USFK commander says capability of N. Korea’s new weapons yet to be verified
SEOUL, North Korea showed off solid-fuel missiles with increased range and precision during last month’s military parade, but some other paraded hardware might be old ones modified to look different, U.S. Forces Korea Commander Gen. Robert Abrams said Friday.
Abrams made the remark during a media interview held in Seoul to mark his second year in office, saying that he is not concerned about any of the conventional weapons unveiled on the Oct. 10 founding anniversary of the North’s ruling Workers’ Party.
“There is a little doubt as to what’s fully fielded and capable, and what their capability is,” the commander said, according to pool reports. “In other words, we saw some new looking vehicles, but because we couldn’t go up closely and inspect them, you actually don’t know if those are real, or maybe they’ve been visually modified to look differently.”
During the parade, North Korea showed off a new intercontinental ballistic missile (ICBM), along with other weapons, with leader Kim Jong-un vowing to continue strengthening the country’s self-defense “war deterrent.”
“People say they displayed a new tank. I don’t know if that was a new tank, or an old tank that’s been visually modified to look like a new tank. There’s ways to do that, by the way, without having additional capabilities,” Abrams said.
Abrams said, however, that in recent years the North has paraded missiles after testing them.
“They tested them, and then you know, they rolled them out in the parade, or at least that’s our assessment … We’ve seen these with increased range, and increased precision and solid fuel. And those, and that matches what we saw visually, during a parade,” he said.
On the North’s possible launch of a long-range missile at a time of leadership change in the United States, the general said there hasn’t been “any sign that a test is imminent.”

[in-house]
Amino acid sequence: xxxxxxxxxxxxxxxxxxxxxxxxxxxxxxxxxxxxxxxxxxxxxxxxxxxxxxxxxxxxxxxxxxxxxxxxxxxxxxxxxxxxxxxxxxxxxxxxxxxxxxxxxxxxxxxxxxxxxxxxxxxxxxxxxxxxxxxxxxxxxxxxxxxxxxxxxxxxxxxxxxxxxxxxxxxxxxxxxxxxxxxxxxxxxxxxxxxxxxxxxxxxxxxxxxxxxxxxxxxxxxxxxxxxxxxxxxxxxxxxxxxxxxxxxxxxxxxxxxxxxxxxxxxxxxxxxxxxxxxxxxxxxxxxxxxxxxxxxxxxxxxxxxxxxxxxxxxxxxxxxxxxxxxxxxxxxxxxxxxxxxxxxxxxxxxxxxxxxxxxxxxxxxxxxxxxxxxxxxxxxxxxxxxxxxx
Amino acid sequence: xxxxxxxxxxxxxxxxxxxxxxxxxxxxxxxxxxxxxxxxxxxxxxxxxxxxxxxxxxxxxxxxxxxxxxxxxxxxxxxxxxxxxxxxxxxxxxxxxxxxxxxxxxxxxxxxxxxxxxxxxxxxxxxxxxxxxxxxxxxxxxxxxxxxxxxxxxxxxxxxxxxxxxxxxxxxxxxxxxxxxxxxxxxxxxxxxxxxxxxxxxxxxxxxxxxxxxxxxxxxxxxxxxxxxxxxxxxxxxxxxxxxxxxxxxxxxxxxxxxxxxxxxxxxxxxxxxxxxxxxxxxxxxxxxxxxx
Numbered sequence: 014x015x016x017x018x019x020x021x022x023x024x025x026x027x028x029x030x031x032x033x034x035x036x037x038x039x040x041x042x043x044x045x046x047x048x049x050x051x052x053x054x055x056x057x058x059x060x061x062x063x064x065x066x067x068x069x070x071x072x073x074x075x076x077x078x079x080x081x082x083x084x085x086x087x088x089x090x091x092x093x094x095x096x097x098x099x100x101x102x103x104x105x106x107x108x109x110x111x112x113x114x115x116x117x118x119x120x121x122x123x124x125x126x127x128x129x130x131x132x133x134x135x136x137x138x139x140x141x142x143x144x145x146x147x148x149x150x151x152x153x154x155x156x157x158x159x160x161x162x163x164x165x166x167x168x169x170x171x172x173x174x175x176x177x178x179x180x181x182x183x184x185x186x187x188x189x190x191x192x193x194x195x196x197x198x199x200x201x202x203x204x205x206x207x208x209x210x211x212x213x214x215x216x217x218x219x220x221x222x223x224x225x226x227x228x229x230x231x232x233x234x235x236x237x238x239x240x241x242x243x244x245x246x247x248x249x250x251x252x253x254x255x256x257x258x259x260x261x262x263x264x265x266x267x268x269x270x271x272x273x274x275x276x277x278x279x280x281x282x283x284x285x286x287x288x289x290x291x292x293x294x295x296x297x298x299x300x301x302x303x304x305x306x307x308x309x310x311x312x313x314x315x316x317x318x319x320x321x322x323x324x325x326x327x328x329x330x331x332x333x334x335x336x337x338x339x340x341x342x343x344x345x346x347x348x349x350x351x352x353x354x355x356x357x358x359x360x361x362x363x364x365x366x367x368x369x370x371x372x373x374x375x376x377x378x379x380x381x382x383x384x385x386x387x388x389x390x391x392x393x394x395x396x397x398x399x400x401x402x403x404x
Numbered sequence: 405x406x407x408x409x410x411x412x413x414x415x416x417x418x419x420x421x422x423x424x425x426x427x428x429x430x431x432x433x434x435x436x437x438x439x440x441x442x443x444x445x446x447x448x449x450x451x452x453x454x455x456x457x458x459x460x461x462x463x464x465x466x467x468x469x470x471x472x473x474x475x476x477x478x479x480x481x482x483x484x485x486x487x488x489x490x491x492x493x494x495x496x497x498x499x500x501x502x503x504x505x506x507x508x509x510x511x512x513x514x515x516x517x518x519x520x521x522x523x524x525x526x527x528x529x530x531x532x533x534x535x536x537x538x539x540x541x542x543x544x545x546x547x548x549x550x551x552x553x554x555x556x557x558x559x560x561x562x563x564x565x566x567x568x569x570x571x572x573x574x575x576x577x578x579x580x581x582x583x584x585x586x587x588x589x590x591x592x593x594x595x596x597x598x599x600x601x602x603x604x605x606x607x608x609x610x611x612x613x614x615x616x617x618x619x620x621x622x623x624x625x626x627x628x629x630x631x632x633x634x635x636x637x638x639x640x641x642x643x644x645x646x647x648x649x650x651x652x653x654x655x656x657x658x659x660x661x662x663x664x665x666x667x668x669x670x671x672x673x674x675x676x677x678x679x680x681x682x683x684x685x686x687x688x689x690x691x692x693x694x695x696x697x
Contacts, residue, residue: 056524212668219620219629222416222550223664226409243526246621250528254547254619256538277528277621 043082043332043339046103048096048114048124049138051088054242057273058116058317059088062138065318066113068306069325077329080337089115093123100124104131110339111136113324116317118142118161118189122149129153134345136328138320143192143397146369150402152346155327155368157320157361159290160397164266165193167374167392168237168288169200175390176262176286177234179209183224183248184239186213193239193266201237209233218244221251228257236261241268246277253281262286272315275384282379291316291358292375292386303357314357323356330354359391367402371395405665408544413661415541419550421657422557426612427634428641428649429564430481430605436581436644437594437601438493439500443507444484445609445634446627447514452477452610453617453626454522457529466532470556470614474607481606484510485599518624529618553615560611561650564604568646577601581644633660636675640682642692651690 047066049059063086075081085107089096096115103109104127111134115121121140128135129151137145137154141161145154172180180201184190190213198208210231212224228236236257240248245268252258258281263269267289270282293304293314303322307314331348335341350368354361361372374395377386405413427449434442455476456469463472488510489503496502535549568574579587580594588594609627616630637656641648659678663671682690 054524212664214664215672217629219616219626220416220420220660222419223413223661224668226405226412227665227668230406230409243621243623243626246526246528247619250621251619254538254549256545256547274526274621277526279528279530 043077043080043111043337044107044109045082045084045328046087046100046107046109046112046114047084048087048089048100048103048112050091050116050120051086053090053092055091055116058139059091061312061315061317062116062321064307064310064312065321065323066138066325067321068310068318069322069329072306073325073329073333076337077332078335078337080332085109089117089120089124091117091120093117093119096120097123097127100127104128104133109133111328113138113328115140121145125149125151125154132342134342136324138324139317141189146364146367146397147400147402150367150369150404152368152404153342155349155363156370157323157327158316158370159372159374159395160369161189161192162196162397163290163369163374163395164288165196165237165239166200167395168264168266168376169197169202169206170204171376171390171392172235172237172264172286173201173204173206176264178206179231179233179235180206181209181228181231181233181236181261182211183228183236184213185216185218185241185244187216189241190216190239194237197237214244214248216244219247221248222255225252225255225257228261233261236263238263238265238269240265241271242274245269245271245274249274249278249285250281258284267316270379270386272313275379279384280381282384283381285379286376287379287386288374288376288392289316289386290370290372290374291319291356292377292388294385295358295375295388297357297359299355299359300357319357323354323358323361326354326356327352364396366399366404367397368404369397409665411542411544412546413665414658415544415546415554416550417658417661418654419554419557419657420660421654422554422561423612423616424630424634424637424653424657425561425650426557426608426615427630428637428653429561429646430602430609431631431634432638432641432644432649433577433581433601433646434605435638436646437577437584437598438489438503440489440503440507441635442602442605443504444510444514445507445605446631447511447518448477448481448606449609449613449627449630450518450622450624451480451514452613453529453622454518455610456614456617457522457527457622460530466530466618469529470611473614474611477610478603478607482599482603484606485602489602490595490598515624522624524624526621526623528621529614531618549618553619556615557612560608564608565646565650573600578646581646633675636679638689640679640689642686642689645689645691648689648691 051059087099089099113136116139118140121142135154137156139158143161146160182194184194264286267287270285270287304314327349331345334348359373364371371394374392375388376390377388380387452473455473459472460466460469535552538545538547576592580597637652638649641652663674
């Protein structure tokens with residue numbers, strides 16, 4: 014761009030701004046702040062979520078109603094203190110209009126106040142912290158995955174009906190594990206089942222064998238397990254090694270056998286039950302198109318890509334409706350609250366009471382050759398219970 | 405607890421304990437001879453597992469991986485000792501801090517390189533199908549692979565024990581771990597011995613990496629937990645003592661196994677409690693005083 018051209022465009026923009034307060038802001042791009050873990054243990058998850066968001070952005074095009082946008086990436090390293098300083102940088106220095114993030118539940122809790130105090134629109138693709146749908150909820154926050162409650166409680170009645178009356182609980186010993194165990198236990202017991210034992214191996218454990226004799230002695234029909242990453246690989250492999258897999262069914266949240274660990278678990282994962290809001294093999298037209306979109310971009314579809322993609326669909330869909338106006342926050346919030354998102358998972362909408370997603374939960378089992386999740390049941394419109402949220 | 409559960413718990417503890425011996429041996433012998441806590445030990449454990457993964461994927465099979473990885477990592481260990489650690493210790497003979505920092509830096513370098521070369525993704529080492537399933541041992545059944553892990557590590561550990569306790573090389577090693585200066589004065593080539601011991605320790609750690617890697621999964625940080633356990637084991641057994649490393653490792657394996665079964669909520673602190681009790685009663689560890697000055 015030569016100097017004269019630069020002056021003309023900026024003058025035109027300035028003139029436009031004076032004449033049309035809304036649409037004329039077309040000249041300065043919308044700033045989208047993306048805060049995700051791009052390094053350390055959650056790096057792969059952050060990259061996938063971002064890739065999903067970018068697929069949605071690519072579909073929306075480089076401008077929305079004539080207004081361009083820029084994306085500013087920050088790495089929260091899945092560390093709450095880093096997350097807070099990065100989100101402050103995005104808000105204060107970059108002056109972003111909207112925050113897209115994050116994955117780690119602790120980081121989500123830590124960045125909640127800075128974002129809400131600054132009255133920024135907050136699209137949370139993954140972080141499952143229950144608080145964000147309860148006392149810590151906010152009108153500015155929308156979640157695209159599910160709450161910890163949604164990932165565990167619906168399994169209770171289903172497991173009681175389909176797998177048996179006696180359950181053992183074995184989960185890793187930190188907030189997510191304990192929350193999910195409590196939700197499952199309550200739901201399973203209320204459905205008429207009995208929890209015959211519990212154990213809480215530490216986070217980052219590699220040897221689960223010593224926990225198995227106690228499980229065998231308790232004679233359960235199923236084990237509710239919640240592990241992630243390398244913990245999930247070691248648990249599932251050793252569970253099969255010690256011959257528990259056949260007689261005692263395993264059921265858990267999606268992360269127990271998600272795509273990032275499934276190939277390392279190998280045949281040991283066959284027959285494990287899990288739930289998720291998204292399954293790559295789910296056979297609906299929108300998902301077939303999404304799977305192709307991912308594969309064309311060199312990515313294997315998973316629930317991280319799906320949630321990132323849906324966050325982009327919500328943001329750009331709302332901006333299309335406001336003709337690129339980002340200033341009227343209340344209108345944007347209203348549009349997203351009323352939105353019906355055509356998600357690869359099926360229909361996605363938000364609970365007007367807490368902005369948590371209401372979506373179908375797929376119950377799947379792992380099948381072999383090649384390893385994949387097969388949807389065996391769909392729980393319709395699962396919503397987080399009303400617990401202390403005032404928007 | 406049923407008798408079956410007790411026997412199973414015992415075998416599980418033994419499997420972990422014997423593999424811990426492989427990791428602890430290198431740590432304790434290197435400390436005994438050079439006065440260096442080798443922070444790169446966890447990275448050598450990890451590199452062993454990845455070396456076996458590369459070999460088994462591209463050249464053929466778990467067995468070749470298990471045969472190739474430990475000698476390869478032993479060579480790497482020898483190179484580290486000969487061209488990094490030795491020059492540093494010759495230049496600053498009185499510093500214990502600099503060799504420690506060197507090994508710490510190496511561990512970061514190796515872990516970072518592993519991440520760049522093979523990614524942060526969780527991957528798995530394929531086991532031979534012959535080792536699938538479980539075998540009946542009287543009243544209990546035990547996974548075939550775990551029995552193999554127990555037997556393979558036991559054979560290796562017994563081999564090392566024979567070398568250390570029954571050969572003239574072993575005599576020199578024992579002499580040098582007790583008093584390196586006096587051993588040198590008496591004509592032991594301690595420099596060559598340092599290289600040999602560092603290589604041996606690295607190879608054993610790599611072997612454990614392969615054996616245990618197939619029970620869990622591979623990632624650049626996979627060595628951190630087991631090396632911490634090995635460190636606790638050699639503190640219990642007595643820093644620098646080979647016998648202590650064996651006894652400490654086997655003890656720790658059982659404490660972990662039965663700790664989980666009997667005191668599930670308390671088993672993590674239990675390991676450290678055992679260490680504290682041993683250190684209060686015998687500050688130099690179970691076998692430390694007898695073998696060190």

“What I can tell you is we don’t see one that is imminent. But you’re asking me what might happen next month or in January? We are going to have to wait for some more information before we can give an informed assessment,” he said.
Regarding the envisioned transfer of wartime operational control (OPCON) of South Korean troops from Washington to Seoul, Abrams again stressed that it is conditions-based, saying it is “premature” to speculate on any timeline.
The Moon Jae-in administration hopes to retake OPCON from Washington within his term that ends in May 2022, but the two countries have agreed on a conditions-based transition, not time-based.
“Even to speculate two years from now, I think, would be premature, because we are doing assessments almost continuously and, like I said, we’ve got a ways to go,” he said.
The right conditions are South Korea’s capabilities to lead the allies’ combined defense mechanism, its capacity for initial responses to the North’s nuclear and missile threats and a stable security environment on the peninsula and in the region.
“Allies don’t always agree on everything,” Abrams said. “But in our case, we agree on much, much more than where we might have different views.”
Abrams also flatly rejected speculation that the U.S. might be secretly planning to use the U.S.-led United Nations Command to maintain the American military’s influence after Washington’s transfer of the wartime OPCON to Seoul.
“United Nations Command is not a warfighting command,” he said. “There is no plan, secret plan for the UNC to somehow be a warfighting or operational headquarters in the future.”
Source: Yonhap News Agency